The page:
The purpose of this post is to take a close look at the reasons why we may consider William Shakespeare’s play, Romeo and Juliet as a tragedy.
To perform the above task effectively, I shall attempt a step by step answer to the following questions:
- What makes a play a tragedy?
- Is Romeo and Juliet a tragedy?
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A piece of drama is considered a tragedy when certain elements are present in it. We may conveniently term these as tragic elements.
We shall discuss seven major attributes of tragedy and at the same time find out whether this play contains any of these.
This is what will enable us to say we are right (or wrong) to consider Romeo and Juliet as a tragedy.
Tragic Hero/Heroine of High Birth
In every tragedy, there is always a principal character who occupies much of our attention.
This character is the tragic hero or heroine depending on whether the character is a male or female.
The tragic here is usually a person from the higher class of society. He may be a royal (king, prince, etc.) or a noble.
The style of language spoken by the tragic hero is often very poetic and lofty. His language portrays his high social standing as well as his usually melancholic mood.
In Romeo and Juliet, we have a tragic hero and heroine namely, Romeo and Juliet.
They are both from noble families. More often than not their style of speaking is poetic. They use metaphor, repetition, personification and other figures of speech. This is unlike the manner of speaking found with low-class citizens such as the servants. The tragic hero and the tragic heroine’s speeches are poetic also because they speak out of passion and sorrow.
Consider the following speech by Romeo just before he draws his dagger in an attempt to kill himself when the Nurse brings him news at Friar Lawrence’s cell concerning Juliet’s reaction to Tybalt’s death.
As if that name
Short from the deadly level of a gun
Did murder her as that name’s cursed hand
Murdered her Kinsmen. O tell me, Friar, tell me,
In what vile part of this a anatomy
Doth my name ledge? Tell me, that I may sack
The hateful mansion
(Act 3. Scene 3 one 102ff)
In this extract, using such poetic devices as metaphor, personification, repetition Romeo creates vivid images of war, murder, evil and destruction.
He compares his name to a bullet from a gun, and his body (anatomy) to a gun or better still and ammunition warehouse (mansion) which must be attacked and destroyed (sack) for causing harm (murder) to Juliet – by killing her beloved cousin, Tybalt.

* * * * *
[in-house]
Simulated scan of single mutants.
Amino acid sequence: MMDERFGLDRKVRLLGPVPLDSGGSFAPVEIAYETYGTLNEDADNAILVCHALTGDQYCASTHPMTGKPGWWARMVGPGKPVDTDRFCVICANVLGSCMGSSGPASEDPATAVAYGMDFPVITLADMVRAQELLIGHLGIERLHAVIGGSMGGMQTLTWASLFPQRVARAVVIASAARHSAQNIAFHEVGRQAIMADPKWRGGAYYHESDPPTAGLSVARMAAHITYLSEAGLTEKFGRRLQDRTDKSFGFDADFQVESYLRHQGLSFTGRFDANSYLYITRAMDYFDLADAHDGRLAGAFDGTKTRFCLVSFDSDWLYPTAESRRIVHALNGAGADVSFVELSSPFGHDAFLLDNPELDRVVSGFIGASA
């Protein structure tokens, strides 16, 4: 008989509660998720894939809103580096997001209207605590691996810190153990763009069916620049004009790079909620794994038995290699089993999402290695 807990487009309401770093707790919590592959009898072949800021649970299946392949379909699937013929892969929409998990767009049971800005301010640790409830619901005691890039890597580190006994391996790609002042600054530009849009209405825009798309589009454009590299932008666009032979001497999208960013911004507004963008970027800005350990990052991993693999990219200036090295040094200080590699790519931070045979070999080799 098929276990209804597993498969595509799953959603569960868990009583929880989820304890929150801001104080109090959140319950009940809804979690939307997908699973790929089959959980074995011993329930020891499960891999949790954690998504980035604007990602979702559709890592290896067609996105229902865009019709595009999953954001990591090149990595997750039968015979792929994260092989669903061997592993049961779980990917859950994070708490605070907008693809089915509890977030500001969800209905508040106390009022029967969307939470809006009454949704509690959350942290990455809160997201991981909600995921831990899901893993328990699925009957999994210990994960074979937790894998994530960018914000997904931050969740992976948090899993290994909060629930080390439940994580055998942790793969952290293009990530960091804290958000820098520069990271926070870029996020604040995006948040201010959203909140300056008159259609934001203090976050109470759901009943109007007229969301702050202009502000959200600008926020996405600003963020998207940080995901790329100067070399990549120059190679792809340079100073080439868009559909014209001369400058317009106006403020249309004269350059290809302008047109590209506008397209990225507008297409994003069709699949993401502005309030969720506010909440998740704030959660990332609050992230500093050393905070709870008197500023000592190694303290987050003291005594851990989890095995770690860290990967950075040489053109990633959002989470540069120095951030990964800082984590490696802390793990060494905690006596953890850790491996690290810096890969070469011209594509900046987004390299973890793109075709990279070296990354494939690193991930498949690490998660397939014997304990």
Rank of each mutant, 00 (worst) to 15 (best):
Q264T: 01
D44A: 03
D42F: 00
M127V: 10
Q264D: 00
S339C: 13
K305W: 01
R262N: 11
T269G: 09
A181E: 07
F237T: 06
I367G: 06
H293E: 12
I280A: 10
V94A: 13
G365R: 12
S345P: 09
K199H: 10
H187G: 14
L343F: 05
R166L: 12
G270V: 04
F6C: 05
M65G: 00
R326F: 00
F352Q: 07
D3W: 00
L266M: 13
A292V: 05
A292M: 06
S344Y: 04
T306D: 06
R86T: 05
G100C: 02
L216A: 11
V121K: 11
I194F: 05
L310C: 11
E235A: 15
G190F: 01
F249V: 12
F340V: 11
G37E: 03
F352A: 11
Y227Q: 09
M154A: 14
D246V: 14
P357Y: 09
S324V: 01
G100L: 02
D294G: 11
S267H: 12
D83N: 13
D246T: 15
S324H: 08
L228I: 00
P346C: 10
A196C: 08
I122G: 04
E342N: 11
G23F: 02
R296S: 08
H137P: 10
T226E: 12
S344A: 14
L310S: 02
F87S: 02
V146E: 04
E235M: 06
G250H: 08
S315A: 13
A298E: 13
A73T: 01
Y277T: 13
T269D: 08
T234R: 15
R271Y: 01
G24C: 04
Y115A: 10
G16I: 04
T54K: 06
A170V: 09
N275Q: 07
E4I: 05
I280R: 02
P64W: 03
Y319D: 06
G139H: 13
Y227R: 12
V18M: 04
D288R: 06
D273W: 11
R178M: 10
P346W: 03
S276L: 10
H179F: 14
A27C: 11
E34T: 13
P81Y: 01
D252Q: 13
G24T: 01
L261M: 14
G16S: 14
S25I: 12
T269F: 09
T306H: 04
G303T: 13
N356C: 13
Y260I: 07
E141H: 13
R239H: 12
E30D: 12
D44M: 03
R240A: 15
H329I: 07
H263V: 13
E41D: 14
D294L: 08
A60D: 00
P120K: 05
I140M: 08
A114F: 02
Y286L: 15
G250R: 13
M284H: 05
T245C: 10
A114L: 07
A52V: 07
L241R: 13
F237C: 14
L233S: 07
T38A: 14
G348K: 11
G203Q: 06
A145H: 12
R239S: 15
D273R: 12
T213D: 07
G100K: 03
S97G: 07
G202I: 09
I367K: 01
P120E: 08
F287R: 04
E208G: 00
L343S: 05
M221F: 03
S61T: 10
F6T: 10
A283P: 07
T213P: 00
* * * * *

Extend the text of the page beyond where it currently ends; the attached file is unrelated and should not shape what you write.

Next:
Romeo’s sorrowful and regretful mood / tone is clearly brought out through this poetic speech with its repetitive “Tell me. Tell me”.
Another important element of tragedy is tragic flaw (know in classical Greek drama as Harmatia).
The tragic flaw refers to a weakness in the character of the tragic hero. This weakness leads him to take a tragic action (Hubris) which leads to his downfall.
Going by this definition, is there enough ground to consider Romeo and Juliet as a tragedy?
Let’s find out.
Romeo’s tragic flaw, we may say, is his inability to control his emotions.
As a result, he cannot restrain himself from fighting Tybalt who has just killed Mercutio.
Romeo makes a terrible mistake when he thinks and believes that Tybalt’s action has caused a stain on his honour and that, that stain can only be removed by avenging the death of Mercutio.
His killing of Tybalt is thus a tragic act because this is what leads to his banishment from Verona and thereby creating a fertile ground for the disaster which follows.
Reversal in Fortunes
There is a reversal when the tragic hero’s action brings about a sudden negative turn in his fortunes.
He may lose his position and throne as a king or suffer humiliation as a noble, among others.
Is there any evidence in this regard for us to describe Romeo and Juliet as a tragedy?
Yes, I think so.
Romeo, for example, is punished with banishment for taking the law into his own hands and for murder. Until this time, he has been a highly respected young man.
But by this action, his reputation has sunk among the citizenry. Romeo’s reversal starts from here up to the time he kills himself and loses Juliet.
Purgation of Emotions (Catharsis)
This is a process in which the audience (reader) sympathizes with the hero because of his misfortunes.
This feeling of pity and fear for the hero reaches a level where the audience acknowledges that such a misfortune could have easily happened to any one of them.
Members of the audience may express their emotions by openly shedding tears, sighing or make facial expressions of shock, surprise and frustration.
This goes on till the sad end of the play when the audience leaves the theatre, fully relieved of their emotions.
Can we consider Romeo and Juliet as a tragedy under this criterion too?
Absolutely. This is evidenced once more by the following.
In Romeo and Juliet, the misfortunes and sufferings of the hero and the heroine make us pity them.
We are held in painful suspense as the climax builds up to the point where Romeo, ignorant of the fact that Juliet is not truly dead, kills himself only to be followed by Juliet’s regaining consciousness and her pitiful end.